Barbecue pitmasters spend a lot of time, energy and matches on figuring out the nuances of brisket — the hallmark of any Texas barbecue joint. Ribs are usually a priority, too, as pitmasters toy with various rubs and smoke time, trying to discover the best way to marry them.
But what of sausage, the Holy Trinity of barbecue’s third component?
Unfortunately, it often takes a backseat to brisket and ribs, with many BBQ joints simply smoking store-bought stuff, as opposed to going to the trouble of doing sausage justice — i.e., making their own.
Only a handful of local barbecue joints have taken on this challenge, among them Tim Love’s Woodshed, Pecan Lodge and Longoria’s. Joining this small group is AJ’s on Main, a tiny dive in downtown Grapevine whose sausage alone is worth the drive.
When you think of Texas barbecue joints, AJ’s is the type of place that comes to mind. Furnished with mismatched tables and decorated with beer signs, it seats about 40 people, and that includes the bar area. Chances are, owner A.J. Gillinger or his wife, son or daughter will wait on you. A former police officer and military serviceman, and longtime backyard barbecuer, Gillinger opened the spot in April, taking over a charmingly ramshackle building that was once an oyster bar.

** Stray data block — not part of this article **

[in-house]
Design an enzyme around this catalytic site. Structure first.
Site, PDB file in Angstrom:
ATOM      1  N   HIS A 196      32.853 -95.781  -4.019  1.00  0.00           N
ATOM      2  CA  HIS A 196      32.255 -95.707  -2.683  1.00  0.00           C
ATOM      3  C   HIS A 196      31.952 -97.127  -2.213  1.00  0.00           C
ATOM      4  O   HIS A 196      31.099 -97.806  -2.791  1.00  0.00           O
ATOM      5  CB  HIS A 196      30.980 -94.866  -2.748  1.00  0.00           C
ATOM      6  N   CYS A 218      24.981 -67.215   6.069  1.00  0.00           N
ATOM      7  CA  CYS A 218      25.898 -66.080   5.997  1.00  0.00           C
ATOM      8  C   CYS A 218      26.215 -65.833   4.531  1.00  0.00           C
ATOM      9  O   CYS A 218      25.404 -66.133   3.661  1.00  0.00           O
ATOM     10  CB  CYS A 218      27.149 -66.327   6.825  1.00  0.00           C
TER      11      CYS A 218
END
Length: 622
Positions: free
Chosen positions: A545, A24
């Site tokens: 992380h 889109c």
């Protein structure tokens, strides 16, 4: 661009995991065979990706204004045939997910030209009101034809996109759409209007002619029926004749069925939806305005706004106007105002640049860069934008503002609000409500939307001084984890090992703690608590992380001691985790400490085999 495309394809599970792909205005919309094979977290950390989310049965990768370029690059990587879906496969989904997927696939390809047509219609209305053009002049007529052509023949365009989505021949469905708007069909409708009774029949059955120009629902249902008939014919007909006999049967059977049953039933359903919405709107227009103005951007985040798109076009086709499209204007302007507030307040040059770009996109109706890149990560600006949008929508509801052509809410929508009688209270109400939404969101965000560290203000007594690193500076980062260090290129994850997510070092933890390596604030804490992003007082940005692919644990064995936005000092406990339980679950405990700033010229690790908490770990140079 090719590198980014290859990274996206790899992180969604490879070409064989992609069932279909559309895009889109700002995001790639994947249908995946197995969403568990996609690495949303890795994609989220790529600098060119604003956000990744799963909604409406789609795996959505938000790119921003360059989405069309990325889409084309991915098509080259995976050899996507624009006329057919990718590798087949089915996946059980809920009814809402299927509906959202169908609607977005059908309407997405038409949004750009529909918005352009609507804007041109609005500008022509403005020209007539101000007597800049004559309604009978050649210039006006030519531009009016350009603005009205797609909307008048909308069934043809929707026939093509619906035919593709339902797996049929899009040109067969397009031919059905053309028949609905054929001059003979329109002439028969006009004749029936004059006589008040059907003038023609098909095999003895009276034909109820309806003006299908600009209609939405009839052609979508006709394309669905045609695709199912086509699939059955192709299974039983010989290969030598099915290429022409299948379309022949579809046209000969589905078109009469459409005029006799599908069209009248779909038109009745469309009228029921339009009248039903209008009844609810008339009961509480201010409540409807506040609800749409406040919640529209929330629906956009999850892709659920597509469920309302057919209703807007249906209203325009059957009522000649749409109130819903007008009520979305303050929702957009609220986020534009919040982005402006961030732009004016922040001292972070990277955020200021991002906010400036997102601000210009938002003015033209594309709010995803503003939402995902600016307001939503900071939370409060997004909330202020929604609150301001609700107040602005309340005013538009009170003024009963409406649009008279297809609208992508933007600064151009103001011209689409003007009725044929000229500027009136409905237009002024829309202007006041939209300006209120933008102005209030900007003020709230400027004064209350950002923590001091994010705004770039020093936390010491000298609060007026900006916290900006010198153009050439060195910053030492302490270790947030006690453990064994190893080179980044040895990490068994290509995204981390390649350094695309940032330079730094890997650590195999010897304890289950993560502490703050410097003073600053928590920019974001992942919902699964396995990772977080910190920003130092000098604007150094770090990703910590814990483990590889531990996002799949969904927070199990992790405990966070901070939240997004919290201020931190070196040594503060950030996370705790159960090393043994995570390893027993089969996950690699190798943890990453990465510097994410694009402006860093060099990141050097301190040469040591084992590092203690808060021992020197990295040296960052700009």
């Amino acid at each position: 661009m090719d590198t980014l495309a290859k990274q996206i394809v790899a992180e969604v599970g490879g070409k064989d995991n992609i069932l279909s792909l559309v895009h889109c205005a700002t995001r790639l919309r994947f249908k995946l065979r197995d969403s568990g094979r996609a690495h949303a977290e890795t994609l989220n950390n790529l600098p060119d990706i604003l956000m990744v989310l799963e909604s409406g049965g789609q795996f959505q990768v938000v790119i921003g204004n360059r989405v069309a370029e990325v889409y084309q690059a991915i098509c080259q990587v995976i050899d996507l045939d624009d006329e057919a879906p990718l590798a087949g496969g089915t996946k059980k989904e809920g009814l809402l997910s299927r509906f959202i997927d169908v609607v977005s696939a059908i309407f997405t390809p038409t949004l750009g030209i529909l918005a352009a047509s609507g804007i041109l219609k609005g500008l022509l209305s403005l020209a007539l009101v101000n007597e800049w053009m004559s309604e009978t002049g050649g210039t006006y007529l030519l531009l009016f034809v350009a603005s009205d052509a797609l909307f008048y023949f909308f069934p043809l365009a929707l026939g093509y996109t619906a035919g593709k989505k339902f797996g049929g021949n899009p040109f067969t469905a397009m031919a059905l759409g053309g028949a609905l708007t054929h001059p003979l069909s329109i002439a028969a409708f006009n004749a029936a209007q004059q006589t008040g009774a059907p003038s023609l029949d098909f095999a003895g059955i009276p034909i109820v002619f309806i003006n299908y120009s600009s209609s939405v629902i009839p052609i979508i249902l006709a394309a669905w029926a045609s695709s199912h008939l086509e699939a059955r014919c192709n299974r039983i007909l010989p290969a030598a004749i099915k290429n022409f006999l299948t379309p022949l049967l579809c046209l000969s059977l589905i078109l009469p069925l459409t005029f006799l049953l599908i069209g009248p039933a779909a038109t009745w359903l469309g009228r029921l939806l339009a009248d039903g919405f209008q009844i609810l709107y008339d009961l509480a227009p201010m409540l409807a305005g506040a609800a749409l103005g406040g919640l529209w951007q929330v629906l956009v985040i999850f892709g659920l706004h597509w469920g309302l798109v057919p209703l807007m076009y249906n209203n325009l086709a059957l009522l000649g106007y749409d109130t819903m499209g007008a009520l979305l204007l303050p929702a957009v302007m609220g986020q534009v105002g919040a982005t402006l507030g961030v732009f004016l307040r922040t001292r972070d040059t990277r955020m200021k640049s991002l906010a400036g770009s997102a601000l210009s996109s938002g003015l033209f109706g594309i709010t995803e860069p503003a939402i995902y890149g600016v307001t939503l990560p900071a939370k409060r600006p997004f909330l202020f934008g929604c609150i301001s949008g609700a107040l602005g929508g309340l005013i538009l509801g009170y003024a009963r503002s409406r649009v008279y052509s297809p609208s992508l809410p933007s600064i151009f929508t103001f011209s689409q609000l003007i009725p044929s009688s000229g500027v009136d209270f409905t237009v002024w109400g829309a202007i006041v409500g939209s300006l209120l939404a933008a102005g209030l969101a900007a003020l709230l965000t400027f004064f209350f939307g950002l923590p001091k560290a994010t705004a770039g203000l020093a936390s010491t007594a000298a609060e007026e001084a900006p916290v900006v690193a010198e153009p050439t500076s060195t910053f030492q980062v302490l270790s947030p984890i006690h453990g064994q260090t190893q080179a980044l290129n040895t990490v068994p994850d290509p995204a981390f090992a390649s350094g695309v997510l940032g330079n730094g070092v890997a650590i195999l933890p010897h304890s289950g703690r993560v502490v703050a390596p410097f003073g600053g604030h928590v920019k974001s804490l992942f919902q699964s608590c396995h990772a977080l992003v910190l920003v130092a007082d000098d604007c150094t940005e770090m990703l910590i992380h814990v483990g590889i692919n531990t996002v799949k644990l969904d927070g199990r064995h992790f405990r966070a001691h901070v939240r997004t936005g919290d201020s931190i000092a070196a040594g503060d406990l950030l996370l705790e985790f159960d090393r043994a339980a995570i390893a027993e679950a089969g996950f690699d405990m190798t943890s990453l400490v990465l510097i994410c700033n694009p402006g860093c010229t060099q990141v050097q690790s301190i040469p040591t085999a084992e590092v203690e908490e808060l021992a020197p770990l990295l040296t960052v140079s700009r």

The restaurant serves chopped brisket, pork ribs and chicken, as well as chili and tamales and a few fried sides. But the main draw is the dynamite pork and chuck mix sausage, which Gillinger says is smoked for six hours on an all-wood smoker (he uses hickory, primarily); you can get it on a sandwich or plate.
Our thickly cut slices were near-perfect, with a pleasantly chewy texture and a flavor that was heavy on smoke and punctuated by a splash of heat. Pork casing cracked like a knuckle.
It was the best thing on a sampler plate ($12.99) that also included brisket and two pork ribs. Brisket was good, too, although Gillinger’s approach to it is a bit unusual. It’s not served sliced, only chopped. Gillinger says he smokes the brisket for six hours, then lets it slow-cook on the pit for 20 hours. At that point, he says, it’s just too moist and tender to serve sliced.
Our portion was mainly lean — meat and bark. We were a little surprised that we didn’t miss the fat. It was moist enough to not require sauce, but the restaurant has bottles of a house-made savory, spicy sauce, just in case.
Ribs could have been better. While they had a good crust and a slightly fiery rub, they were dried out, too tough for us to finish. The plate came with a side of fries — not house-made, but good nonetheless, thick, crisp and dotted with seasoning.
We also tried the chili-covered tamales (5.99), served three to an order. Stuffed with ground beef and green chiles, the tamales stood out over the chili, which was a bit soupy and could have used more seasoning.
That’s a problem that’s easily solvable: Get the sausage instead.